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Published: Monday, 8/27/2012

Hearing officer recommends firing of 2 Montgomery County elections officials


COLUMBUS — A pair of Democrats on the Montgomery County Board of Elections who pushed for weekend early voting in violation of a directive from Ohio’s top elections official should be fired, a state hearing officer recommended today.

Secretary of State Jon Husted is expected to make a final decision on Tuesday.

He saw the votes of Thomas J. Ritchie, Sr., and Dennis Lieberman as in defiance of his directive setting uniform hours across all 88 counties for in-person early voting for the Nov. 6 election. That directive provided for expanded weekday hours but made no mention of weekend hours.

Jon Allison, a hearing officer working under contract with the secretary of state’s office for this case only, did not accept the arguments of Mr. Ritchie and Mr. Lieberman last week that they saw their votes for weekend hours as augmenting the Republican secretary’s directive, not defying it.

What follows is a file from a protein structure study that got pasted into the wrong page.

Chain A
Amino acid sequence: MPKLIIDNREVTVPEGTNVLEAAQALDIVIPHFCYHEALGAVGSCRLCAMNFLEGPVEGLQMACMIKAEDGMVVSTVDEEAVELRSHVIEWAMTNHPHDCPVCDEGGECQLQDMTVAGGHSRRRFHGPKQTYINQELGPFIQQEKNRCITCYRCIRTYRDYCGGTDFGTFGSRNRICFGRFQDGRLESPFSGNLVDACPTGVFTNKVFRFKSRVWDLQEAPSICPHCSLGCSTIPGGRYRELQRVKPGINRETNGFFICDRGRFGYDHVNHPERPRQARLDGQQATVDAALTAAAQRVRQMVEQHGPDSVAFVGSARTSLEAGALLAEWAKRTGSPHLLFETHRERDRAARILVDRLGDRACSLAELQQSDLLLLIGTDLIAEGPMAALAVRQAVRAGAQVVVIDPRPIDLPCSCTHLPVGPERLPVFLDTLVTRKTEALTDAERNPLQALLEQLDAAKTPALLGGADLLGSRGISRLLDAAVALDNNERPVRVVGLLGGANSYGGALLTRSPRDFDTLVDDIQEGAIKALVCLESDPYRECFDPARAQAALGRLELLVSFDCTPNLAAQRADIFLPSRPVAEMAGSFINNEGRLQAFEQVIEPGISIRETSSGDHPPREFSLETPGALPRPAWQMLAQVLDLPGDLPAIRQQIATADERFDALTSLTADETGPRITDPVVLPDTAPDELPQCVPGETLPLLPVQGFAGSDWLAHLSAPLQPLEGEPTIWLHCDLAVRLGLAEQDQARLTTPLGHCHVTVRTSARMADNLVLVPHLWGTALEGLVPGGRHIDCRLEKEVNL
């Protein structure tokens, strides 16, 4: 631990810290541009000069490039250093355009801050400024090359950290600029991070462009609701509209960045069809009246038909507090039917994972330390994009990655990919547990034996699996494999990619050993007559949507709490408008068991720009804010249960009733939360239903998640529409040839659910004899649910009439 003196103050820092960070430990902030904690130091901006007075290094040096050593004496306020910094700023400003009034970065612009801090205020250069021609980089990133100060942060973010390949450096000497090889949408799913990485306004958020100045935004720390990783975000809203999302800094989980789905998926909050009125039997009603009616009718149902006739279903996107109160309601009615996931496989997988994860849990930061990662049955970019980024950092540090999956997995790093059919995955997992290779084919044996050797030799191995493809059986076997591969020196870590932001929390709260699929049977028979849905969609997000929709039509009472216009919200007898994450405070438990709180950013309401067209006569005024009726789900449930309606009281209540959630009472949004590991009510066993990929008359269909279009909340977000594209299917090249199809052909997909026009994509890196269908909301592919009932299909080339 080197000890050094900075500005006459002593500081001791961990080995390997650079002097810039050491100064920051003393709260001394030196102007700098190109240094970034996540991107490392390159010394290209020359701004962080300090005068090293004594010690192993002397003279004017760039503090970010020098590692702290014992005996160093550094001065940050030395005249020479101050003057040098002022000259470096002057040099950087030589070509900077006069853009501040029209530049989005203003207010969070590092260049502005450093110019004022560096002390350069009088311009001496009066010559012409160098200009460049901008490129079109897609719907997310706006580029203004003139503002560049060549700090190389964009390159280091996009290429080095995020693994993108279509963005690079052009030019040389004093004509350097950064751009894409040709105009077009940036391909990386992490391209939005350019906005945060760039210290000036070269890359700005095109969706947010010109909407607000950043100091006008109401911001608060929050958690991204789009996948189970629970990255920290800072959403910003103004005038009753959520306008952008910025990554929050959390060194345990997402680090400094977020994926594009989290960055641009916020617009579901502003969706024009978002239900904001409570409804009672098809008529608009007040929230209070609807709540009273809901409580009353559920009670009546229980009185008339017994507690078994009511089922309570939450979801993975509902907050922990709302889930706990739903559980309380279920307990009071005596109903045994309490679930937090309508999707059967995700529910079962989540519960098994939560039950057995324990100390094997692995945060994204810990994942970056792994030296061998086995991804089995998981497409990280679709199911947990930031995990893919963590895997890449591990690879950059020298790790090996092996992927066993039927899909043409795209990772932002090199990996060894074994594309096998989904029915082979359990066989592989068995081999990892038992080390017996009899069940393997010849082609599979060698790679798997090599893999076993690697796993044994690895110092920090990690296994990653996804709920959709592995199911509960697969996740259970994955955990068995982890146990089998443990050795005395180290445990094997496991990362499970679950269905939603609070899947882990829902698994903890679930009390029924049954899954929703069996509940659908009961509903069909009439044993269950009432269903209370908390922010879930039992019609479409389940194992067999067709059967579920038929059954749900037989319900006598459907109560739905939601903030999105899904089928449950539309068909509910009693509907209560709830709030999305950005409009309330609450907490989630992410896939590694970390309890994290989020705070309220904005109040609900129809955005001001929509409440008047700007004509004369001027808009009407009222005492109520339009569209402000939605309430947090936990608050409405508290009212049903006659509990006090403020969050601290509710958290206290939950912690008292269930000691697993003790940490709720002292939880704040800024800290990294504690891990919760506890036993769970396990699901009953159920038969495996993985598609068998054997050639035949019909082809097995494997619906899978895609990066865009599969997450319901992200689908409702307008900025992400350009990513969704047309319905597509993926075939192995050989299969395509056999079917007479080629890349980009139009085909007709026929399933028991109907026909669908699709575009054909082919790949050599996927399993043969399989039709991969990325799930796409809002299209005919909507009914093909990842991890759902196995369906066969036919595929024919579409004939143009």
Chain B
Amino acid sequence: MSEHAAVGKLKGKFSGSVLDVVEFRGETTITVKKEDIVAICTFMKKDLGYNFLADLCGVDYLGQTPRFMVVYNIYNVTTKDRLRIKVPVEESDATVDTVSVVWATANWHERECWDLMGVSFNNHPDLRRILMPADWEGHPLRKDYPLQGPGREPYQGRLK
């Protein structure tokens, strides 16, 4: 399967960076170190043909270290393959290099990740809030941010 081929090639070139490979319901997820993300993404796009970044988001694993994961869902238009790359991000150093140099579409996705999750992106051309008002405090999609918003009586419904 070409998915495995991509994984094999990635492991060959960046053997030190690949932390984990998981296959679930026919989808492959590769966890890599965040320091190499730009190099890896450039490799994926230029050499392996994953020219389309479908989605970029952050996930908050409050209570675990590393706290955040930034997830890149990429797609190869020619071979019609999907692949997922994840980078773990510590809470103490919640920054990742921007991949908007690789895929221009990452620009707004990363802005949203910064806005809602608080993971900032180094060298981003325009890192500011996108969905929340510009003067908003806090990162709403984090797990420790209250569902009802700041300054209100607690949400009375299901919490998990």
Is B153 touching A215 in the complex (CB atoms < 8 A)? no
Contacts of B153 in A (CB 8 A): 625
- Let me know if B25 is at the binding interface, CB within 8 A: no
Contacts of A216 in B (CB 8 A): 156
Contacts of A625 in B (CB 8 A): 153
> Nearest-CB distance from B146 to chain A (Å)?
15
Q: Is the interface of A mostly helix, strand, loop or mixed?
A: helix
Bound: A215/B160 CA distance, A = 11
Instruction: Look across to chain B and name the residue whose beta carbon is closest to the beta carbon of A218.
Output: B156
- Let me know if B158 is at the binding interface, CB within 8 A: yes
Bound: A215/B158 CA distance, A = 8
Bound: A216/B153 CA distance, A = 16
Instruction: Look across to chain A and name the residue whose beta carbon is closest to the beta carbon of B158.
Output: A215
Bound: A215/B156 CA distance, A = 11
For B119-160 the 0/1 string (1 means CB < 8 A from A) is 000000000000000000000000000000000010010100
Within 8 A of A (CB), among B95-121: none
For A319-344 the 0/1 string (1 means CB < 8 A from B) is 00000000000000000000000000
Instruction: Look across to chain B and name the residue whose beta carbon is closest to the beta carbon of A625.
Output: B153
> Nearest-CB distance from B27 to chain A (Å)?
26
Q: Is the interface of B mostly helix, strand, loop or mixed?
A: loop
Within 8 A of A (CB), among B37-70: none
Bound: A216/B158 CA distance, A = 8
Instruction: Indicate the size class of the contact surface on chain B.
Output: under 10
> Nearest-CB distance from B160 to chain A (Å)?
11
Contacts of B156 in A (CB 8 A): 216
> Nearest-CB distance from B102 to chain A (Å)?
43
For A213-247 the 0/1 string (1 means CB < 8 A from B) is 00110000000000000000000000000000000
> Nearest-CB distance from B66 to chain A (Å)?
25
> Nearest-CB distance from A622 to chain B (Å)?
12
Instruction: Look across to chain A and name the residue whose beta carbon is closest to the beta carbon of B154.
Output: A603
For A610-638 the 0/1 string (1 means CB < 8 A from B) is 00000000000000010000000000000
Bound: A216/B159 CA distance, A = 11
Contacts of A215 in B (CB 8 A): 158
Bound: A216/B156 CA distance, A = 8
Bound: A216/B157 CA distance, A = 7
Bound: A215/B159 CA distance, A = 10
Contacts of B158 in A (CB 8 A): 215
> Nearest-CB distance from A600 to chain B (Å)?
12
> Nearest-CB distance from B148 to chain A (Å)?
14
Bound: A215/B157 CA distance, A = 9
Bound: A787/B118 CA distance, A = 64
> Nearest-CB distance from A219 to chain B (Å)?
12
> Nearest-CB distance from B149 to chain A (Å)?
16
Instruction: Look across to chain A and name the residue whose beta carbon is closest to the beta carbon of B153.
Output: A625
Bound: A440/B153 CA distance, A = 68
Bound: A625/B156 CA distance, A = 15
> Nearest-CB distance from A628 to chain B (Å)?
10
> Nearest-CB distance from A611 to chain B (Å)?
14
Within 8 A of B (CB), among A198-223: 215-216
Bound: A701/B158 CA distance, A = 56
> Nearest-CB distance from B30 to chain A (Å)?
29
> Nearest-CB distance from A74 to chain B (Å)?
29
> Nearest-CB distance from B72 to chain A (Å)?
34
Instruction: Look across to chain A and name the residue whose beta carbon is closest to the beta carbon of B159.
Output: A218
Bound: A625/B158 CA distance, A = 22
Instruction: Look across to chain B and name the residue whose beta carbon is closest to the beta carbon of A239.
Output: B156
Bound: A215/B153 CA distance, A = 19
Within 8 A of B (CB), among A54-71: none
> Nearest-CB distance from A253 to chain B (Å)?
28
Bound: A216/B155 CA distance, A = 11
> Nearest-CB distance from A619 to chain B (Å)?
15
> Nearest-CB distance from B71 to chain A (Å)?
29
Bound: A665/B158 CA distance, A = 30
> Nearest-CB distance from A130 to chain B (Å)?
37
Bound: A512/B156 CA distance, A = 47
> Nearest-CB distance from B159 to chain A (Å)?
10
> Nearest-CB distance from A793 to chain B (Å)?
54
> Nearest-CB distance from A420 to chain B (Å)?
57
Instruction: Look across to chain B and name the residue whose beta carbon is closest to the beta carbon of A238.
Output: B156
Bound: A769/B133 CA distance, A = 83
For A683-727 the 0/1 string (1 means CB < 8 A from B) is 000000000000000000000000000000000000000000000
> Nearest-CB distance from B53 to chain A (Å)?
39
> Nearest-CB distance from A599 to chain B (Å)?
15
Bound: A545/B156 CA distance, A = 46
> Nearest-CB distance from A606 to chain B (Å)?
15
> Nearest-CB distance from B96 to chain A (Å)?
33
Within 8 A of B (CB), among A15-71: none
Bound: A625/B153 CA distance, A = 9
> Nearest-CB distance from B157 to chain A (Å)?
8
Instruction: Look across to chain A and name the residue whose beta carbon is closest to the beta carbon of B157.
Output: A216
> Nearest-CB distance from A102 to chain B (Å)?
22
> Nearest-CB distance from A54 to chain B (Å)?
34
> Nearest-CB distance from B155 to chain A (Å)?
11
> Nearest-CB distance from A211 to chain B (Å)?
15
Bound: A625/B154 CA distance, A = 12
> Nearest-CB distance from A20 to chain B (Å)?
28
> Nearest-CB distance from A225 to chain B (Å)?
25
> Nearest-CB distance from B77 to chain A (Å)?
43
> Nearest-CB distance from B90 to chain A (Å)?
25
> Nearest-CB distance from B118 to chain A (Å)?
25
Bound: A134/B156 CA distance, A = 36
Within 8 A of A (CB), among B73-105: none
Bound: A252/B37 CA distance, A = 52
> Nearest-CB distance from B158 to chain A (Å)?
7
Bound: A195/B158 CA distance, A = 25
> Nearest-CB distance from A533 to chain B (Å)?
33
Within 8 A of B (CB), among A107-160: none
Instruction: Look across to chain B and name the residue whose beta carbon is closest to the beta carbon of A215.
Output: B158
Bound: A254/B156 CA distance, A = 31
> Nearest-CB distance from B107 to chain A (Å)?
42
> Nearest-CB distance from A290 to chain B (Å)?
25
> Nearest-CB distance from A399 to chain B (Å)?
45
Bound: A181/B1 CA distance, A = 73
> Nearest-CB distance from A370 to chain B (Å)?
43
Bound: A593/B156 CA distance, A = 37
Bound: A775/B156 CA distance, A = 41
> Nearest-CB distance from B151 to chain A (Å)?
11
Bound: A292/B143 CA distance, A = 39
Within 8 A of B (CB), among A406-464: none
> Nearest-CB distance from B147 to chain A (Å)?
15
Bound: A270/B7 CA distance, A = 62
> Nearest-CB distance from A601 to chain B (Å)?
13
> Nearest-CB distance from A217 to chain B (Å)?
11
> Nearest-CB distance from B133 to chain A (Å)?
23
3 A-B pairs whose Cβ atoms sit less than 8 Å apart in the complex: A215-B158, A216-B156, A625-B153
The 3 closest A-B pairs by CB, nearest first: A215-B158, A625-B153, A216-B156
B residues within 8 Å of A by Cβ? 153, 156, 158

He said that the original wording of the directive and a follow-up clarification letter from Mr. Husted’s deputy assistant made the secretary’s intent clear.

“I conclude that no reasonable person… could conclude that [the directive] is ambiguous and permits weekend hours for in person absentee voting,” Mr. Allison wrote. “Therefore, I conclude that Mr. Lieberman, in making his motion, voting for it, and later refusing to rescind it did so in contravention of [the directive] and in violation of [state law].

“Mr. Ritchie, who seconded the motion and voted for it, also did so in violation of [state law],” he wrote.

On Aug. 20, Mr. Husted suspended the two Democrats after they deadlocked 2-2 with Republicans on the board over the scheduling of weekend hours.

Last week, following a hearing before Mr. Allison, Mr. Husted temporarily reinstated them so they could continue to make some election-related decisions while the case was pending.

Voters may begin to cast absentee ballots by mail or in person beginning on Oct. 2.

With county boards of elections setting their own early-voting hours, Mr. Husted faced criticism for breaking 2-2 ties in a number of Democrat-performing urban counties, including Lucas, in favor of Republicans’ positions of not adding any extra hours at board of elections sites for in-person early voting.

At the same time, a number of boards in Republican-performing counties had reached bipartisan agreements that expanded early voting hours there, including on Saturdays.

Mr. Husted responded with his directive establishing one set of hours for everyone.

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